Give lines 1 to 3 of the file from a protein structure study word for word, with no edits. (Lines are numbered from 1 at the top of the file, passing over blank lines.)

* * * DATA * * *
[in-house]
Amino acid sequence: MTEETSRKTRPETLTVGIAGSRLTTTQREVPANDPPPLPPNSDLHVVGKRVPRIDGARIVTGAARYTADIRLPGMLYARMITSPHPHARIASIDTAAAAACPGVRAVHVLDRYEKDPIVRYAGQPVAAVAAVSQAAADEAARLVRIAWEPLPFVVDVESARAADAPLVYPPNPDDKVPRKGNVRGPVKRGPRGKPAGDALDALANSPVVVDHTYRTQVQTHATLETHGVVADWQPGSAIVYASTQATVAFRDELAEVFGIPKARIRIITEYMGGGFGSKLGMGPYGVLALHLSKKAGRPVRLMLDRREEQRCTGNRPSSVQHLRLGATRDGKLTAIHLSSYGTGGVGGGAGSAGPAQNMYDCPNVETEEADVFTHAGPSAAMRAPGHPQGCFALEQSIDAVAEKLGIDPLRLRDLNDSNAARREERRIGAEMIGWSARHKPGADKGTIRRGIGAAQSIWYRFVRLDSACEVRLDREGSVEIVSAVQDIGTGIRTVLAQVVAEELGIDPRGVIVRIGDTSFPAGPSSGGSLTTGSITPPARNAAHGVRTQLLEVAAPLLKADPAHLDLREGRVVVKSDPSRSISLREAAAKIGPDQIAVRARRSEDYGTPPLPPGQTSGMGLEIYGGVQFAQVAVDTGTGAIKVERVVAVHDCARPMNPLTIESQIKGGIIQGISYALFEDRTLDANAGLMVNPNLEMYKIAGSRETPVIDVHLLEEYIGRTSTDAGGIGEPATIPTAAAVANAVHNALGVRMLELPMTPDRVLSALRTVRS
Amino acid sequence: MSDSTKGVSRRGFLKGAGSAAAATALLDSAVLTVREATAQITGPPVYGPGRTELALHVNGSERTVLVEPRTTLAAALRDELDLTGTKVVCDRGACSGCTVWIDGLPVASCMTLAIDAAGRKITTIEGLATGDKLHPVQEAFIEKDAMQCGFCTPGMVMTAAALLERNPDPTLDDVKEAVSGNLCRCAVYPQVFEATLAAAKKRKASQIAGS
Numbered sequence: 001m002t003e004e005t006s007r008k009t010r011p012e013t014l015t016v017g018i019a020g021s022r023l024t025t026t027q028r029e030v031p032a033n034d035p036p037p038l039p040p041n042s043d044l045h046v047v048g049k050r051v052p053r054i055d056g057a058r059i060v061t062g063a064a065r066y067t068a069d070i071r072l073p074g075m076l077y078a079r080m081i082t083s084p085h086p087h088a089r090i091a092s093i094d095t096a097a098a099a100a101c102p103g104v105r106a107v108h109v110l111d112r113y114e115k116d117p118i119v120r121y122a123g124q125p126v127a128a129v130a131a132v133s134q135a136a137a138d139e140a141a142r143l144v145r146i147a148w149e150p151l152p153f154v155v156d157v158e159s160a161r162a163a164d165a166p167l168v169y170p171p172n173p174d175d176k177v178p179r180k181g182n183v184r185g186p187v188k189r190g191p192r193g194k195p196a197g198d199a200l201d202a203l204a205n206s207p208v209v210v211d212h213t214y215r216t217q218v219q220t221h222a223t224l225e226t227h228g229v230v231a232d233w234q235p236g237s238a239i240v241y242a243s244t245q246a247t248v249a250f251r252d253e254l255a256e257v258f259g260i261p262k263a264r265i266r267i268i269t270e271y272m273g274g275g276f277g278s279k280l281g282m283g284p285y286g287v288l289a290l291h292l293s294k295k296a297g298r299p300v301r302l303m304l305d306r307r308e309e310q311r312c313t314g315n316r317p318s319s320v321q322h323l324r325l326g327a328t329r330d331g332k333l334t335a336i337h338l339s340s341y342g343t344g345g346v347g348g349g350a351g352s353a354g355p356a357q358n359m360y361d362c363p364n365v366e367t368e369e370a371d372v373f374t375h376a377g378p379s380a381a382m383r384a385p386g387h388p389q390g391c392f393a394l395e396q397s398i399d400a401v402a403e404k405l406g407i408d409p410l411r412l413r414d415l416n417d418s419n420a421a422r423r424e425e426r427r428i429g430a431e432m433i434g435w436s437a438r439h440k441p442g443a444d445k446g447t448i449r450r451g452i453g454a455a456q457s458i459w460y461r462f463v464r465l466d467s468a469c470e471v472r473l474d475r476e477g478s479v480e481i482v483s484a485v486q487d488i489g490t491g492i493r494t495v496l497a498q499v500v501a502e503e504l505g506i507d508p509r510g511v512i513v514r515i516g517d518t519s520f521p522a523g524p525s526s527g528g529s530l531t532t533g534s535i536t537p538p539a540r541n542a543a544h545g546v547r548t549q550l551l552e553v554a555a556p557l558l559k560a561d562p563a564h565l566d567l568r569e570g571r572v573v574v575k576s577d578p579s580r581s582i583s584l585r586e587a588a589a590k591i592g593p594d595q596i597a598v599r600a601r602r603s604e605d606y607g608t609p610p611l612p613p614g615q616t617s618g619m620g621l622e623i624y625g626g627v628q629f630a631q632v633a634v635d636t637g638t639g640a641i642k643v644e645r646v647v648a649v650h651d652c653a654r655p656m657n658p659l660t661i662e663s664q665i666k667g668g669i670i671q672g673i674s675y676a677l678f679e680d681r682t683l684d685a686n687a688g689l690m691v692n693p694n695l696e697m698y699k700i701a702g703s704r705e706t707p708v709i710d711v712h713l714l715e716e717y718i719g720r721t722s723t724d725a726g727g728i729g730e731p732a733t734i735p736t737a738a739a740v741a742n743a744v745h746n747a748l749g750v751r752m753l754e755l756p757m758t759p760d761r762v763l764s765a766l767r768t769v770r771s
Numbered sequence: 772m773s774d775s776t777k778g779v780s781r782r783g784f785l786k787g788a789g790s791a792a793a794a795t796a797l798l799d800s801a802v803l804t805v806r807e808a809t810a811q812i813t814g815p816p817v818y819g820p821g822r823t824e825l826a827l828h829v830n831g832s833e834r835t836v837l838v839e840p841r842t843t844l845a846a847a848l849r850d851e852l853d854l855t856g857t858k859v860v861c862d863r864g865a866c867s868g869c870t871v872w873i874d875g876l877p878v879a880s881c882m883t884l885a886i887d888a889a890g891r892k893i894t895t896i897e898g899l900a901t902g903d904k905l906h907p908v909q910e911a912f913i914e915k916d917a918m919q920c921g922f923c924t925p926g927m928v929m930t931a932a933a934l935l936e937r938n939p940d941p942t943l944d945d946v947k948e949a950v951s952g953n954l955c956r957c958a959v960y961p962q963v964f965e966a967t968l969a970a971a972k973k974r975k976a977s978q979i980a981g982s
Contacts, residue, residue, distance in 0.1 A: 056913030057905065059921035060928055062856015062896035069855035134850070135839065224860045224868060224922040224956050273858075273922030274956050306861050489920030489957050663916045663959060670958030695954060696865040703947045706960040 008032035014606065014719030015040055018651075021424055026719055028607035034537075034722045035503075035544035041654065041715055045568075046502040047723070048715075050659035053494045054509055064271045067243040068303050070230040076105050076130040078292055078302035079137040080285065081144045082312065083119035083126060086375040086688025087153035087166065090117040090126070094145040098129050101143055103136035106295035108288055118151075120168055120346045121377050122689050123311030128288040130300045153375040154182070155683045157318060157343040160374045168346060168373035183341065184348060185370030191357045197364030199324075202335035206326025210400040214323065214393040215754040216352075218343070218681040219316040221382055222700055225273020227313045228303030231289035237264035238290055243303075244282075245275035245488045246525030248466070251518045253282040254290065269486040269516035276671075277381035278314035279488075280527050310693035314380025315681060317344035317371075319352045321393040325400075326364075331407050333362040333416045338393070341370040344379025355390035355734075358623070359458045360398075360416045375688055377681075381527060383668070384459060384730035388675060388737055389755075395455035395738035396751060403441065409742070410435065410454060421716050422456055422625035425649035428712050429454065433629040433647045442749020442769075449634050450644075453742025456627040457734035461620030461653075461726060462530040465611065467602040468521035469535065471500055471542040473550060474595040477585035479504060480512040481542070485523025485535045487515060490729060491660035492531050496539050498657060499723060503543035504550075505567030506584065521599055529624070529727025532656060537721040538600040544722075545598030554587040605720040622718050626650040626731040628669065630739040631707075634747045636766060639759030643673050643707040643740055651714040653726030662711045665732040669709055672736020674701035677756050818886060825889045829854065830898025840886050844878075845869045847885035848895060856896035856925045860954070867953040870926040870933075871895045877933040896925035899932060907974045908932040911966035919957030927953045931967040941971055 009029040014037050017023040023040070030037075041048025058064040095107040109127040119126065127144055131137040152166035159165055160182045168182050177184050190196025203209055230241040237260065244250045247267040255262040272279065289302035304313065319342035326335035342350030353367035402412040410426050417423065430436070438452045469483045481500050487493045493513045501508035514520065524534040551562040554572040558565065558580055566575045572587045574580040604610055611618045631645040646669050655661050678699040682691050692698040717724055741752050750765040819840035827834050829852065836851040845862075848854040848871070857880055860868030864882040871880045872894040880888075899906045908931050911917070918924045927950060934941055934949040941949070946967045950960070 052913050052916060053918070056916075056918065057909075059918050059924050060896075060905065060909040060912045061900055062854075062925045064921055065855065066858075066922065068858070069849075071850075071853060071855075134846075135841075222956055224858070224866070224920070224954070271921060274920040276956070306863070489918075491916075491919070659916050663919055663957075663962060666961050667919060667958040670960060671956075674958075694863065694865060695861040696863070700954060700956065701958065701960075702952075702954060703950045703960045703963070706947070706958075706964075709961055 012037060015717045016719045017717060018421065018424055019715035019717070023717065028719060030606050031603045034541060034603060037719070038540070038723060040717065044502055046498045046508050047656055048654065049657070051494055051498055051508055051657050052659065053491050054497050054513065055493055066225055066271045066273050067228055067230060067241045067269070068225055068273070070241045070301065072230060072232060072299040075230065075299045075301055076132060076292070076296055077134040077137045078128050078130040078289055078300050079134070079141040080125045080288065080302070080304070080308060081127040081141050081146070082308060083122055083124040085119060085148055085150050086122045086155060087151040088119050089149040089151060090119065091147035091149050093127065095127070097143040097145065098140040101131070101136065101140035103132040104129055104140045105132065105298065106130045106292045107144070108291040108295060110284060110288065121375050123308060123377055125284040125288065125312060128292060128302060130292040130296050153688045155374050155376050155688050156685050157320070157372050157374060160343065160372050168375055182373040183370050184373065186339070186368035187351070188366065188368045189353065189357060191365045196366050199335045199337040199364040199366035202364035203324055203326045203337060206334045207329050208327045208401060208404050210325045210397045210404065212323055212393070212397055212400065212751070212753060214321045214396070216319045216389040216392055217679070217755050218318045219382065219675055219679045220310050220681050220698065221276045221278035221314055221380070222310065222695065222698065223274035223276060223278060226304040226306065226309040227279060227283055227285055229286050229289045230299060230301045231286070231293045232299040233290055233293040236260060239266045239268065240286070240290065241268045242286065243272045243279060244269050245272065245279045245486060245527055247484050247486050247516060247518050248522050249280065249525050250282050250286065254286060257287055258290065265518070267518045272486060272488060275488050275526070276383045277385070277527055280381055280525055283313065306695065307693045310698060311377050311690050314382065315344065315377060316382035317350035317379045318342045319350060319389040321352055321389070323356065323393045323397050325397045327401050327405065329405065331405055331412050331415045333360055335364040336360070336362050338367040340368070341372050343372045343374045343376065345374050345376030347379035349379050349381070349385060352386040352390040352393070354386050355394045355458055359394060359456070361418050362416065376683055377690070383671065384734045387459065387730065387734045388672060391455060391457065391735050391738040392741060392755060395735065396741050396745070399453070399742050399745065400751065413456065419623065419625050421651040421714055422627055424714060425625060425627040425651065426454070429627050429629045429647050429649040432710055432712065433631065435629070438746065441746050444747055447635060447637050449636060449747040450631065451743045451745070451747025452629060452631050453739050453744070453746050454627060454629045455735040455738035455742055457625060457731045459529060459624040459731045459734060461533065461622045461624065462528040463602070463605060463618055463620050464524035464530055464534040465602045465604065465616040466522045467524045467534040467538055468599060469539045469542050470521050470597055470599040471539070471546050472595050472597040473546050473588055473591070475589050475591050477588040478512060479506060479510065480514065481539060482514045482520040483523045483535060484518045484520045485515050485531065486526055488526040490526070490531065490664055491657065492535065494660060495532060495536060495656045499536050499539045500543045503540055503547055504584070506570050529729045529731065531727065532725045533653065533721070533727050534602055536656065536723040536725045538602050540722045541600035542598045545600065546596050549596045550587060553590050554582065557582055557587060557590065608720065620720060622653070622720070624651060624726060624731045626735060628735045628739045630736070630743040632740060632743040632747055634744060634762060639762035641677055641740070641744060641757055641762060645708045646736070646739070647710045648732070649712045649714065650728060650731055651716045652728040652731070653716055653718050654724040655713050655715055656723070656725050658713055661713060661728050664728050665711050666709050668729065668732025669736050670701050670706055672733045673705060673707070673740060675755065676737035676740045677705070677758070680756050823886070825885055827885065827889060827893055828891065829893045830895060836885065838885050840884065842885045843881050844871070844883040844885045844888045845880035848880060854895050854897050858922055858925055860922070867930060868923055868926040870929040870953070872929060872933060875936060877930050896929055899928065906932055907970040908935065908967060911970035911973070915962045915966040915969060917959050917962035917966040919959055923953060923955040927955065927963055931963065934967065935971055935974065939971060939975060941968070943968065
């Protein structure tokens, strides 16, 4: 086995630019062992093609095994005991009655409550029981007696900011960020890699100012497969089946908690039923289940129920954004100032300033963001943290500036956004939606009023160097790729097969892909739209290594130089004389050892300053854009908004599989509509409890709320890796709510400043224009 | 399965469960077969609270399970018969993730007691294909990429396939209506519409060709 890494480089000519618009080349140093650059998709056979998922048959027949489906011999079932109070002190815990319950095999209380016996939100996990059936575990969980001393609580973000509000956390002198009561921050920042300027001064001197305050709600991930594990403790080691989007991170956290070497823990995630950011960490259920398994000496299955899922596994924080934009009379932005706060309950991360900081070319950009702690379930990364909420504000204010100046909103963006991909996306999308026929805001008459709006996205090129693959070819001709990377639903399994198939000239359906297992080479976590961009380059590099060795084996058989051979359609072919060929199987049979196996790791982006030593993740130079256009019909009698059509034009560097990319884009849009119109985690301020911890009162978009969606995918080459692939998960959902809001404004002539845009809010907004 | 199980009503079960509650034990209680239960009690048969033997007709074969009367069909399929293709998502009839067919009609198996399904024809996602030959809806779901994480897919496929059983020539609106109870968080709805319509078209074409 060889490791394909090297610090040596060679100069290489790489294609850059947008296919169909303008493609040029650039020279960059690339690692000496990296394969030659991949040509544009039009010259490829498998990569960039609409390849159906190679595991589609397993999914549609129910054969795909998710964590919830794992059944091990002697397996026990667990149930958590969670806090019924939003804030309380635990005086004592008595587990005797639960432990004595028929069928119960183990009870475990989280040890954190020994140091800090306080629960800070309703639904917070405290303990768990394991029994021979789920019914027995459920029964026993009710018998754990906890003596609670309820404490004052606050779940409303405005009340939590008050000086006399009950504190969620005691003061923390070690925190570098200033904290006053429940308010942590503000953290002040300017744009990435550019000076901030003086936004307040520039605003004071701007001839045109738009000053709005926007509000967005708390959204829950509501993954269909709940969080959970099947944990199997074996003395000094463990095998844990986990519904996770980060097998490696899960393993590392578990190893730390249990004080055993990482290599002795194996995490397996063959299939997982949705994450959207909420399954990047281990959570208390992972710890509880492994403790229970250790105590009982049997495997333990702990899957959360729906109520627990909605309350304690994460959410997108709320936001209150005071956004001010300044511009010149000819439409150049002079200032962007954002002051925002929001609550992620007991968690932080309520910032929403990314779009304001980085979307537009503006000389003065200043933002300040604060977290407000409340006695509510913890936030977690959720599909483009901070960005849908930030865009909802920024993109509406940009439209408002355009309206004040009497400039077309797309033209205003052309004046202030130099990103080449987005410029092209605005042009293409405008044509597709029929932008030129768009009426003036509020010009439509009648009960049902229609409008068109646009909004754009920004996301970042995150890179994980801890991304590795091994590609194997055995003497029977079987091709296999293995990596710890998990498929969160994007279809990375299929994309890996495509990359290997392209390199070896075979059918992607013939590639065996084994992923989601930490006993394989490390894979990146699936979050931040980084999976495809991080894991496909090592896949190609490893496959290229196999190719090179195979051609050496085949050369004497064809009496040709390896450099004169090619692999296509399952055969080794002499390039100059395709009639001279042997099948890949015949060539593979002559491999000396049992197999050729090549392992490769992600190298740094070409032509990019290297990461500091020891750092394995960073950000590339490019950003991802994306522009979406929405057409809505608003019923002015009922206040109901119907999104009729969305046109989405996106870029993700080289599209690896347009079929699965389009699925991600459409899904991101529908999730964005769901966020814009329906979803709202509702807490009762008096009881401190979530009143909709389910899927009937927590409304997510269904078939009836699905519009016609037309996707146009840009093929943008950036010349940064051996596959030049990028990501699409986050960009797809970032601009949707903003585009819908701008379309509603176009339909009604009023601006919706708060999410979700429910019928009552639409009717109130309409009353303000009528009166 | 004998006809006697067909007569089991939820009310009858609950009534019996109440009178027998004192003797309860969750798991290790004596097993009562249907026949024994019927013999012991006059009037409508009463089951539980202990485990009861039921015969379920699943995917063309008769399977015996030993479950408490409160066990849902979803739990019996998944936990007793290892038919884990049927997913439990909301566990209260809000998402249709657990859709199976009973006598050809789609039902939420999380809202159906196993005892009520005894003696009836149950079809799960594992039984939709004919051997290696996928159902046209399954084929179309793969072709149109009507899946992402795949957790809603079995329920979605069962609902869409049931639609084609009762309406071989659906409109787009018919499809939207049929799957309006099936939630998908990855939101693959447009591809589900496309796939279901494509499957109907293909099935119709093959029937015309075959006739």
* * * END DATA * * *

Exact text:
[in-house]
Amino acid sequence: MTEETSRKTRPETLTVGIAGSRLTTTQREVPANDPPPLPPNSDLHVVGKRVPRIDGARIVTGAARYTADIRLPGMLYARMITSPHPHARIASIDTAAAAACPGVRAVHVLDRYEKDPIVRYAGQPVAAVAAVSQAAADEAARLVRIAWEPLPFVVDVESARAADAPLVYPPNPDDKVPRKGNVRGPVKRGPRGKPAGDALDALANSPVVVDHTYRTQVQTHATLETHGVVADWQPGSAIVYASTQATVAFRDELAEVFGIPKARIRIITEYMGGGFGSKLGMGPYGVLALHLSKKAGRPVRLMLDRREEQRCTGNRPSSVQHLRLGATRDGKLTAIHLSSYGTGGVGGGAGSAGPAQNMYDCPNVETEEADVFTHAGPSAAMRAPGHPQGCFALEQSIDAVAEKLGIDPLRLRDLNDSNAARREERRIGAEMIGWSARHKPGADKGTIRRGIGAAQSIWYRFVRLDSACEVRLDREGSVEIVSAVQDIGTGIRTVLAQVVAEELGIDPRGVIVRIGDTSFPAGPSSGGSLTTGSITPPARNAAHGVRTQLLEVAAPLLKADPAHLDLREGRVVVKSDPSRSISLREAAAKIGPDQIAVRARRSEDYGTPPLPPGQTSGMGLEIYGGVQFAQVAVDTGTGAIKVERVVAVHDCARPMNPLTIESQIKGGIIQGISYALFEDRTLDANAGLMVNPNLEMYKIAGSRETPVIDVHLLEEYIGRTSTDAGGIGEPATIPTAAAVANAVHNALGVRMLELPMTPDRVLSALRTVRS
Amino acid sequence: MSDSTKGVSRRGFLKGAGSAAAATALLDSAVLTVREATAQITGPPVYGPGRTELALHVNGSERTVLVEPRTTLAAALRDELDLTGTKVVCDRGACSGCTVWIDGLPVASCMTLAIDAAGRKITTIEGLATGDKLHPVQEAFIEKDAMQCGFCTPGMVMTAAALLERNPDPTLDDVKEAVSGNLCRCAVYPQVFEATLAAAKKRKASQIAGS